There are some other characters introduced into the story that that make this film a bit more unique. The aforementioned Qi’ra is both a love interest and a potential femme fatale. Dryden Vos is the Jabba like villain who is in the threatening background of the story until the climax when he is much more at the center. Paul Bettany does not get to do much more than wear some scars until the end of the film. Woody Harrelson’s Becket is a cipher. Maybe some good in him, certainly some scoundrel, but not the light hearted scoundrel that is out title character. I especially liked the vocal performance of Phobe Waller-Bridge as the droid L3. Her tone matches the quirky and combative nature of this crew member of the team. The relationship L3 has with Lando is both touching and farcical. Along with K-2SO in “Rogue One” and R2D2 with C3PO in the other stories, it seems like the richest characters in this universe may be the droids.
There was a lot of speculation and rumor about Alden Ehrenreich in the lead role. In some quarters it was suggested that the movie was doomed because of his performance and that maybe the two directors who left the project had not done enough to get a solid performance out of him. I don’t know what went on before Ron Howard came on the project, but Ehrenreich is great. He looks the part and he can carry off the attitude in a lot of the scenes where he is called on to be both naive and a bit too clever for his own good. That he can hold himself against the charisma of Glover’s Lando is enough to tell you he is solid in the part.
Haters are going to be disappointed because this is not the failure that was predicted. This is an entertaining picture, set in the Star Wars universe, and it meets it’s objectives. The characters we want are set up for more adventures and they have the personality to succeed. There are subplots that suggest connections to the larger story but they do not dominate the film. Finally, there is a clear atmosphere of fun that is a lot closer to the original film than we have had in any of the contemporary Star Wars movies. Box office watchers will speculate all they like, “Solo: A Star Wars Story” succeeds as a movie, whether or not it outpaces, lags behind or matches any other Star Wars films or expectations.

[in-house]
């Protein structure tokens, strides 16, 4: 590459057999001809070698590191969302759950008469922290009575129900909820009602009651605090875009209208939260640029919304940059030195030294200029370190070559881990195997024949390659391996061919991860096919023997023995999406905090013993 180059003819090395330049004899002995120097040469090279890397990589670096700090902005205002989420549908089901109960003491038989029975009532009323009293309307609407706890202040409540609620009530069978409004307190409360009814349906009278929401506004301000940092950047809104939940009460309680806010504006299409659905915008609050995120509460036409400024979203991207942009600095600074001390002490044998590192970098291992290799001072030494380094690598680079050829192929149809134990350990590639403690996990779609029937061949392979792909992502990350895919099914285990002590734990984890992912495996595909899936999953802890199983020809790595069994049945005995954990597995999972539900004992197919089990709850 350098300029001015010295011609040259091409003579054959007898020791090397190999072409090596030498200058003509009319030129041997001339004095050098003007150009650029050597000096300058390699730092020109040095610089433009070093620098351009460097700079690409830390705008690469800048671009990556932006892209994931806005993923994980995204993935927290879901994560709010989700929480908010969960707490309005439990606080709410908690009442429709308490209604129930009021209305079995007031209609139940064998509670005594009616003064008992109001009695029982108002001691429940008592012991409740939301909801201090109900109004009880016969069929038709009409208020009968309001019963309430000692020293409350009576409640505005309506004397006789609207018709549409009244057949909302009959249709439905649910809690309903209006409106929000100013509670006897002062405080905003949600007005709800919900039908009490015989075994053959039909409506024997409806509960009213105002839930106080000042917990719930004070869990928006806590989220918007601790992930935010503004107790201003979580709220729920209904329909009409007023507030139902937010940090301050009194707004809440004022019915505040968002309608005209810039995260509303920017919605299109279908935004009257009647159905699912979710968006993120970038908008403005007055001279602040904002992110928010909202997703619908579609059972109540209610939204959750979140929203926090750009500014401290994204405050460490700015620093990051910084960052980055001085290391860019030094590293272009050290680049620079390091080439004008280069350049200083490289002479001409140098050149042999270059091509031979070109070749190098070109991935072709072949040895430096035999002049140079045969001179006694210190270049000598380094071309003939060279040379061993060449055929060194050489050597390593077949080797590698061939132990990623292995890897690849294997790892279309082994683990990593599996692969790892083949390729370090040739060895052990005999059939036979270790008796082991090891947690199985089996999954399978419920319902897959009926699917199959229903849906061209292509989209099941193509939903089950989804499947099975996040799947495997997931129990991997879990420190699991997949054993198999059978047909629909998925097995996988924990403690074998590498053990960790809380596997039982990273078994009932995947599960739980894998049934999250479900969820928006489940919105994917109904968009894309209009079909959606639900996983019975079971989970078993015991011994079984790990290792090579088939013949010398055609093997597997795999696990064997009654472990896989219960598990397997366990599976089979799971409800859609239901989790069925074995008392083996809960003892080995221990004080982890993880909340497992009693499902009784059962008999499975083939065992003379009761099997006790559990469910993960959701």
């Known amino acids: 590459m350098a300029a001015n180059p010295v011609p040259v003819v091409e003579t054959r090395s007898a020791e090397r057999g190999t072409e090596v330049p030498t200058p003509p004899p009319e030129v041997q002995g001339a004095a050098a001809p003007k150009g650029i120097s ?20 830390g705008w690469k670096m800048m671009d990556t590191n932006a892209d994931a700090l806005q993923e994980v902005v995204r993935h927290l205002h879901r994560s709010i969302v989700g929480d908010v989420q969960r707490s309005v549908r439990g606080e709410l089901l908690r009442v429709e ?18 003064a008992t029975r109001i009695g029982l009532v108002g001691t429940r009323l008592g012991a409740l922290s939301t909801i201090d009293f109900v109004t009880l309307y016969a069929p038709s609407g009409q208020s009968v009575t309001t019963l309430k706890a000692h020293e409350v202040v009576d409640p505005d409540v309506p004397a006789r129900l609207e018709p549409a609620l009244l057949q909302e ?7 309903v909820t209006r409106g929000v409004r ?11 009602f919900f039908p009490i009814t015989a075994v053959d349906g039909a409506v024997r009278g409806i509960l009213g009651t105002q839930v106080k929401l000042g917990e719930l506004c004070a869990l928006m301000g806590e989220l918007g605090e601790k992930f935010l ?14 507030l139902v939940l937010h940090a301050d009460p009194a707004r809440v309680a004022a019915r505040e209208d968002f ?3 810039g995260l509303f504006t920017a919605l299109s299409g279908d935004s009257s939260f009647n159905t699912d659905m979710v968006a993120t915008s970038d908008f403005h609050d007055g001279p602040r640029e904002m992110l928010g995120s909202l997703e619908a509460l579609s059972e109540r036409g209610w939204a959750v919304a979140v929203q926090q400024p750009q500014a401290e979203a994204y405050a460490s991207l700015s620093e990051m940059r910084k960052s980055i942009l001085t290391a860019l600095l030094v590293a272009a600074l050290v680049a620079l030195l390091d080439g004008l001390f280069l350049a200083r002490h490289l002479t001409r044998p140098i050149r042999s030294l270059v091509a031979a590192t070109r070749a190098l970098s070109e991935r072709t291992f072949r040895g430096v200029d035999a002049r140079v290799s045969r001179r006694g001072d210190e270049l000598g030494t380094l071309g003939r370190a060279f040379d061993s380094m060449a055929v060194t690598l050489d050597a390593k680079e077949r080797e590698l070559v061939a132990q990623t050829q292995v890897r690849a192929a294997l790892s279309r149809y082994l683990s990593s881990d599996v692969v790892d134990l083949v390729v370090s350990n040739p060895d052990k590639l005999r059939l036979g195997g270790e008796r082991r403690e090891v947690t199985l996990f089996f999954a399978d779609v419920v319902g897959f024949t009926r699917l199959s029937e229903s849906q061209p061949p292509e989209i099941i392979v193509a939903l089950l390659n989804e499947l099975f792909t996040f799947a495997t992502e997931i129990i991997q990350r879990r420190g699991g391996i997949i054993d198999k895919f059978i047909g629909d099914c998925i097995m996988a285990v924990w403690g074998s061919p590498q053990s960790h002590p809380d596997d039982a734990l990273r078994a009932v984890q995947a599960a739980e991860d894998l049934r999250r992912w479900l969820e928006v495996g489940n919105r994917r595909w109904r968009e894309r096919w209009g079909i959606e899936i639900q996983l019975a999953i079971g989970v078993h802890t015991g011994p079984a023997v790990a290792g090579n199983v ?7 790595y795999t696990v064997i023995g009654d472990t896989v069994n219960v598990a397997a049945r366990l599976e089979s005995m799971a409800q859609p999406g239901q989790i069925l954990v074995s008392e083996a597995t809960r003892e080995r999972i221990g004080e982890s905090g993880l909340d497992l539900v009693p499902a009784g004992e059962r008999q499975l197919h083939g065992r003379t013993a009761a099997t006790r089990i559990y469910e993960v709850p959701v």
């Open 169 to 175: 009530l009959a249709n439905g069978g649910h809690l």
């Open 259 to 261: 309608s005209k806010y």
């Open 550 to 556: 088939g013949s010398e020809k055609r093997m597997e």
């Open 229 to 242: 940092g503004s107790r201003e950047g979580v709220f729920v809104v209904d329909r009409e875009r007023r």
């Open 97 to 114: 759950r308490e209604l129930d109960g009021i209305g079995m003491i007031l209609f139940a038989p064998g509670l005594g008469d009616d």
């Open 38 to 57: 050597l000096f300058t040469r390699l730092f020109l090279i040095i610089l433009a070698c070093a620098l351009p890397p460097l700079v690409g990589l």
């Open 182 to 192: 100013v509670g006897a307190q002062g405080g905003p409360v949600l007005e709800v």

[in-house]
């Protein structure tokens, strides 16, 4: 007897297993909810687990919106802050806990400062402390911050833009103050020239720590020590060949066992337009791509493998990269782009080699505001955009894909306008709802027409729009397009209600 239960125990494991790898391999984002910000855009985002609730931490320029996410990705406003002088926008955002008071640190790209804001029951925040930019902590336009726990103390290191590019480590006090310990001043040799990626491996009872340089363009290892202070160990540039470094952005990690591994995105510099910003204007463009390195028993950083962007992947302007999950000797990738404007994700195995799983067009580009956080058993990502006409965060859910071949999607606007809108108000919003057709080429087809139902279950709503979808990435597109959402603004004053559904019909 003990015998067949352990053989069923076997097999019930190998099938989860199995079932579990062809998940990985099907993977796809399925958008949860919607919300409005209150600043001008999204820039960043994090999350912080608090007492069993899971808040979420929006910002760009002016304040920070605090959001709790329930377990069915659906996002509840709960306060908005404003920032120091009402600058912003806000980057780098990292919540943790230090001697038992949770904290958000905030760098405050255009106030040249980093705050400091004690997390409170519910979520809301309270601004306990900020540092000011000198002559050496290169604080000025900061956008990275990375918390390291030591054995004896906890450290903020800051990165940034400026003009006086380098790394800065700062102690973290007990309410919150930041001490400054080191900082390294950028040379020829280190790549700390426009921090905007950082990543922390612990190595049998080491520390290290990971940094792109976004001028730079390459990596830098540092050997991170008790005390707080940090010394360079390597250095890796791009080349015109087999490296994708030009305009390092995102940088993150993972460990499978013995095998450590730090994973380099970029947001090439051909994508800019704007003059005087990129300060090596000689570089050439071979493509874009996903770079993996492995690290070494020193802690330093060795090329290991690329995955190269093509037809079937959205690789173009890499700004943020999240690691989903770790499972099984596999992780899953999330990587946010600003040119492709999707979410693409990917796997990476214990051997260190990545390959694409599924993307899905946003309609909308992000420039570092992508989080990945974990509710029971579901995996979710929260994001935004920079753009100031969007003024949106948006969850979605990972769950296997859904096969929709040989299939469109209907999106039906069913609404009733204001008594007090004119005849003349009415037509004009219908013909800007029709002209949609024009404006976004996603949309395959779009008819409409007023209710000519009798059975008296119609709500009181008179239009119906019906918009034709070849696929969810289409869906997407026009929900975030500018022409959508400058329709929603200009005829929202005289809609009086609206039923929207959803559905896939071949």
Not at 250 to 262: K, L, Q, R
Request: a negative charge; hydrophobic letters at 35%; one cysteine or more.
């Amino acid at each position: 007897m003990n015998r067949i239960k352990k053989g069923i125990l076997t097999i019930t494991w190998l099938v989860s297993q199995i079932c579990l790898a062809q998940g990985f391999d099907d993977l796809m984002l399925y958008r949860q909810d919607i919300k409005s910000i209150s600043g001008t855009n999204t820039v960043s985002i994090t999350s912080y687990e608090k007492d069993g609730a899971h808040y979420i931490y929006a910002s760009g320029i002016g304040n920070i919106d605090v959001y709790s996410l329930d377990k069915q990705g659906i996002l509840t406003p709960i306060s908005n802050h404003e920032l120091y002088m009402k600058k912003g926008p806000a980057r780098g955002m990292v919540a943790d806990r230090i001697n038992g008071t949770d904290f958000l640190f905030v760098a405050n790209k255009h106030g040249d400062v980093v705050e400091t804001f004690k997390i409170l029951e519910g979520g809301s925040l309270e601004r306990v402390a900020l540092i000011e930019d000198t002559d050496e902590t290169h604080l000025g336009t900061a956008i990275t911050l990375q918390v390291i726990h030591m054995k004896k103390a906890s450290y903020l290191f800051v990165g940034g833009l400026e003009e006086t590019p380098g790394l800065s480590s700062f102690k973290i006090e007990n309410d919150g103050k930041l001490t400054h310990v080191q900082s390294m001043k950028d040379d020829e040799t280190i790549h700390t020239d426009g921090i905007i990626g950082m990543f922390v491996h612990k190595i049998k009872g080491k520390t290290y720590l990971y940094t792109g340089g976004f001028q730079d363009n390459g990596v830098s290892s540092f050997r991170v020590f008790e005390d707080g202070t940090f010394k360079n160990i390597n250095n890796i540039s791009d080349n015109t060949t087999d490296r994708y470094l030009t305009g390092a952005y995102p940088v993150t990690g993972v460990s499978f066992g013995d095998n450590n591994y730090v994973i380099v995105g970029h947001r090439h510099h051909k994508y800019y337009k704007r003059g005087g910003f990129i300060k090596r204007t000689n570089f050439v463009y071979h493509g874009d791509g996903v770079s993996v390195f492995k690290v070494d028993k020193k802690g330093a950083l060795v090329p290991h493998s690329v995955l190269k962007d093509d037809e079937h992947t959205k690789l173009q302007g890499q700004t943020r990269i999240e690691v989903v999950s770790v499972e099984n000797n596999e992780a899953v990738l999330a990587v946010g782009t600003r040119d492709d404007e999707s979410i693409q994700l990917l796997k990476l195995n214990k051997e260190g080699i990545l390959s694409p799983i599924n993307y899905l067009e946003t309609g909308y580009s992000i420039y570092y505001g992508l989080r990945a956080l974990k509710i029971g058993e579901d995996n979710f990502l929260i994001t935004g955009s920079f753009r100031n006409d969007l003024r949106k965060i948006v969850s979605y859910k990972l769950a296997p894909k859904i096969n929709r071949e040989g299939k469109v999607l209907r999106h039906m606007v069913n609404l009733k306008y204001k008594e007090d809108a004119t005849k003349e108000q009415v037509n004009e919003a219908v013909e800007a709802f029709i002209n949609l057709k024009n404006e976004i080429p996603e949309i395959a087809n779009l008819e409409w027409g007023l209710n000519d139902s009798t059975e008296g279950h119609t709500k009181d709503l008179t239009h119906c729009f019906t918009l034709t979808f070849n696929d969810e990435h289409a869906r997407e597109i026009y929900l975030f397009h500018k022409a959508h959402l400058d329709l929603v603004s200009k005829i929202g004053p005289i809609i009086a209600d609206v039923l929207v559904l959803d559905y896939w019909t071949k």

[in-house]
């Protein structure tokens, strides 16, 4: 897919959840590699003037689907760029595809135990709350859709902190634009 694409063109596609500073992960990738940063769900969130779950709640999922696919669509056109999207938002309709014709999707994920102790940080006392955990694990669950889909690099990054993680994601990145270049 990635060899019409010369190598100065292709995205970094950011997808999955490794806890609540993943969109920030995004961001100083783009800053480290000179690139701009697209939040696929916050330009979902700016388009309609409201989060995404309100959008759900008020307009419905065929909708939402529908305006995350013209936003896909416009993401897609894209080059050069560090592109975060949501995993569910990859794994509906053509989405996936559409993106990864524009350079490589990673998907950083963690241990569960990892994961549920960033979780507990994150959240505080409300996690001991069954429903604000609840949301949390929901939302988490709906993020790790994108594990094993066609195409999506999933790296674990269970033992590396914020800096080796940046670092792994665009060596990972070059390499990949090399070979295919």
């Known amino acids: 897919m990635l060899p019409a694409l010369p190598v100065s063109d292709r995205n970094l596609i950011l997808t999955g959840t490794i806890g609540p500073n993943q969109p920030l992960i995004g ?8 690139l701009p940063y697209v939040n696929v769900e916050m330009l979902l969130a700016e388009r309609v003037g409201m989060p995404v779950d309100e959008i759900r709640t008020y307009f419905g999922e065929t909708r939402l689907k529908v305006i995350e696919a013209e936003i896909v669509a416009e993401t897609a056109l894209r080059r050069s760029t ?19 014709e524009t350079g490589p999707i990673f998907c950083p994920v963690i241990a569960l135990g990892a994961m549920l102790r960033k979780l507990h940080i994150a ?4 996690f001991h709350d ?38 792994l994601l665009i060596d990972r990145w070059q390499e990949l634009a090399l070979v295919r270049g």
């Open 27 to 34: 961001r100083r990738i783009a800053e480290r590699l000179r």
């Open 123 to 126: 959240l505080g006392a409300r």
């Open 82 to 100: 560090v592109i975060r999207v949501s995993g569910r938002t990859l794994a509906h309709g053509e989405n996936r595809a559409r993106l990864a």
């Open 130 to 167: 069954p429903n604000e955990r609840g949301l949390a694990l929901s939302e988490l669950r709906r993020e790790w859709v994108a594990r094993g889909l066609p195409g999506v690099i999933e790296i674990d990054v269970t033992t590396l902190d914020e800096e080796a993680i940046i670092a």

Two years ago, the character of Deadpool was revived from a disastrous turn as a secondary character in a largely reviled X-Men movie. The character in that film was the mercenary named Wade Wilson, and the actor playing him was Ryan Reynolds, but in the most misbegotten script tuning imaginable, the character had his mouth removed permanently. Is there any way you can imagine Deadpool from two years ago and the one in this movie without the mouth that roars: sarcasm, cynicism non-sequesters and insults? It’s enough to stage a revolt, which is apparently how Ryan Reynolds managed to wrangle the character back into his hands and become the embodiment of this non-X-men mutant.
“Deadpool” (2016) had so much going for it and it was so fresh, it was inevitable that there would be a sequel. What is not inevitable is that it would work a second time. The original director was not attached, we’ve had a series of very successful “Avengers” films filling the void for the last two years, and the surprise of the filthy language, gross visualizations and overall snarkiness is going to be gone. Well never fear my friends, the people who are responsible for this property know what they are doing and they understand the treasure they have in Reynolds. They were very careful not to blow it while at the same time not trying to repeat the whole movie as a simple cash grab. Look there is nothing very deep in the film, it is not creating a universe that we will be seriously invested in, rather it is creating an alternate Marvel Universe, one that is closer to “Thor Ragnarok” than an X-Men movie.
Let me explain how this movie won me over in the very first few minutes. Anyone who has been on this site before will have discovered that I am a James Bond fan. Hell, I’m even an apologist for some of the worst 007 films. I thought I’d seen the perfect parody of the Bond signature title sequence in the comedy film “Spy Hard“. It turns out I was wrong. Nothing against Weird Al, but the title sequence from “Deadpool 2” has taken every trope used in the Daniel Craig Bond films and turned them into a perfect visual parody. The song is an Adele knock off that lacks the silliness of Weird Al, but fits the CGI heavy synchronized graphics of recent Bond films more accurately than the Leslie Nielson joke film. It was a joy to watch and it matched the brilliance of the titles from the first “Deadpool”.